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QUARANTINE COOKBOOK

So you’ve stocked up on food for self-isolation. Now what?

Reuters/Neil Hall
Shopping on the spot.
  • Chase Purdy
By Chase Purdy

Food Reporter

The rapid spread of Covid-19 is forcing people into their homes, the effect of global governments asking citizens everywhere to self-isolate and practice social distancing.

And whether a person dreads or loves the idea, the extra time spent indoors almost certainly means a lot more home cooking. The data show people are expecting as much. According to Nielsen data for the week of March 7 compared to the same time in 2019, US grocery stores saw sales of shelf-stable foods go up: dried beans by 63%, rice by 58%, chickpeas and black beans by 47%, and tuna by 31%.

Now that people are staring down so much time at home, it’ll be helpful to become familiar with recipes that can be stretched over long periods of time with some versatility and creativity. With that in mind, Quartz has a suggested grocery list and three basic recipes that provide 22 servings and the opportunity to create a number of extra dishes.

Our starter grocery list

Embracing home cooking means committing to having a little fun in the kitchen.  With that in mind, feel free to add this list for your own experimentation. If you love adding hot sauce to everything, add it to the list.

What to buy:

  • 8 chicken breasts
  • 3 32oz. containers veggie broth
  • 3 red onions
  • 3 yellow onions
  • 1 red bell pepper
  • 1 28oz. can plum tomatoes
  • 1 bottle balsamic vinegar
  • 1 bag grains (rice, farro, bulgar)
  • 1 box pasta
  • 2 heads garlic
  • 1 dozen eggs
  • 1 bottle olive oil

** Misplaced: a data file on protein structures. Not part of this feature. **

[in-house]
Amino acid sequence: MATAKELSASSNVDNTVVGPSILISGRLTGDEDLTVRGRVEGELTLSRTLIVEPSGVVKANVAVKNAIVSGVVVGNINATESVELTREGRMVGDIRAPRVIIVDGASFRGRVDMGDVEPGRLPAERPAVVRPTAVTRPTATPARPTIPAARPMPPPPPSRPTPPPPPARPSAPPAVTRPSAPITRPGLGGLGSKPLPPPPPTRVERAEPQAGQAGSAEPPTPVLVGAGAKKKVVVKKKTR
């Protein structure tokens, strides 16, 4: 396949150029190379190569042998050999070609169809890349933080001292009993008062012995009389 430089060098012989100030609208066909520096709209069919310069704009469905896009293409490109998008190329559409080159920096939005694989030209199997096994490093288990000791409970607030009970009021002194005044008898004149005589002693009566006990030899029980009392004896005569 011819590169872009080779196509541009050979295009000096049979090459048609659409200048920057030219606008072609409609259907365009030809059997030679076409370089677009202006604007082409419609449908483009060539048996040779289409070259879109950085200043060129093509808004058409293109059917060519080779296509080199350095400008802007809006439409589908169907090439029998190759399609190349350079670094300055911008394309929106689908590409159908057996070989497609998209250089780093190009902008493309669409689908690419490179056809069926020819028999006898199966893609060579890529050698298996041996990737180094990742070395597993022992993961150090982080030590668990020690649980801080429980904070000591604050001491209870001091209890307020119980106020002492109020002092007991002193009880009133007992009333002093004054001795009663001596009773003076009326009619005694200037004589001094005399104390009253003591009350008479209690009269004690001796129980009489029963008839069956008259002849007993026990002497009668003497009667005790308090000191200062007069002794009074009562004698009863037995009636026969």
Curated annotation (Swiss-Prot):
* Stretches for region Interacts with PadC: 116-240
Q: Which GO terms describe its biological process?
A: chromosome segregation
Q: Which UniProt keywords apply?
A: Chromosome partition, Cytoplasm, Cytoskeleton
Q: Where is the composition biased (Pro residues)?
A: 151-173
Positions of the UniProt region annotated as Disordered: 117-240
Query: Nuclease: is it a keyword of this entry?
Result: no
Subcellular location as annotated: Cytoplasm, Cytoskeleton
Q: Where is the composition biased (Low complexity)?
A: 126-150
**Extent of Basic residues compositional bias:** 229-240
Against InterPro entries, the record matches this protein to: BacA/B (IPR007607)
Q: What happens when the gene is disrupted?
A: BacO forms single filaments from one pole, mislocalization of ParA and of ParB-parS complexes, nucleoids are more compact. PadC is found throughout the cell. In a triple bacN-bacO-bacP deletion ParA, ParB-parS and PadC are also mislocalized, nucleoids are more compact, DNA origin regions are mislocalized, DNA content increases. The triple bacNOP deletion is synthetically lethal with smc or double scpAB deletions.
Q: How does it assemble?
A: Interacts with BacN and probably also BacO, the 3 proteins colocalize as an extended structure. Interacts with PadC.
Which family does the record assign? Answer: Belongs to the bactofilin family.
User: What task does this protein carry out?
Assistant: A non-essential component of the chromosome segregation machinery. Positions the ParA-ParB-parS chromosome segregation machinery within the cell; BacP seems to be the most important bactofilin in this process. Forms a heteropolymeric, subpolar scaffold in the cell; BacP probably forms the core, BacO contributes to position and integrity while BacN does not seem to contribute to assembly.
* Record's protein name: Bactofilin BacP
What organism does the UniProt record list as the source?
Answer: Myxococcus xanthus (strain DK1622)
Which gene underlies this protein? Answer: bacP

• 4 large carrots
  • 1 bunch celery
  • 1 bag dried red lentils
  • Spinach or lettuce
  • 1 lemon

You’ll probably want these spices: Paprika, ground cumin, cayenne pepper, red pepper flakes.

Pro-tip interlude

Quartz asked Adeena Sussman, the chef and author of cookbook, Sababa, what item she always has on hand in her kitchen, and what she’d definitely want in the event of a quarantine.

“Tahini!” she says. “It is a quick-change artist, can go from sweet to savory, is shelf-stable, a superfood, protein-packed, filled with good fat, delicious off a spoon, poured directly onto protein or veggies, or incorporated into any number of recipes.”

And now, the recipes

Here are three dishes that we think go the distance.

The beauty of making slow-cooked chicken is that it’s an excellent source of protein, it can be frozen and kept for weeks, and it can be applied to a number of recipes. Eat it whole as part of a meal, shred it for use as a topping for salad, make tacos, or toss it into a chicken salad. The possibilities are endless.

It’s perhaps our most controversial suggestion, but hear us out. A batch of shakshuka red sauce can be used for the traditional dish and also be saved for use on pasta. It’ll be spicier than your nonna’s spaghetti, but after days of being cooped up at home, we bet the extra kick will be appreciated.

Lastly, a tried and true stew. They go the distance on their own. Easy to freeze, easy to reheat, and comforting to eat, this is a dish that’ll last you a while and be tasty. You’re encouraged to play with spices, add in leafy greens to wilt for extra texture, or add to a grain bowl for a more substantial meal.

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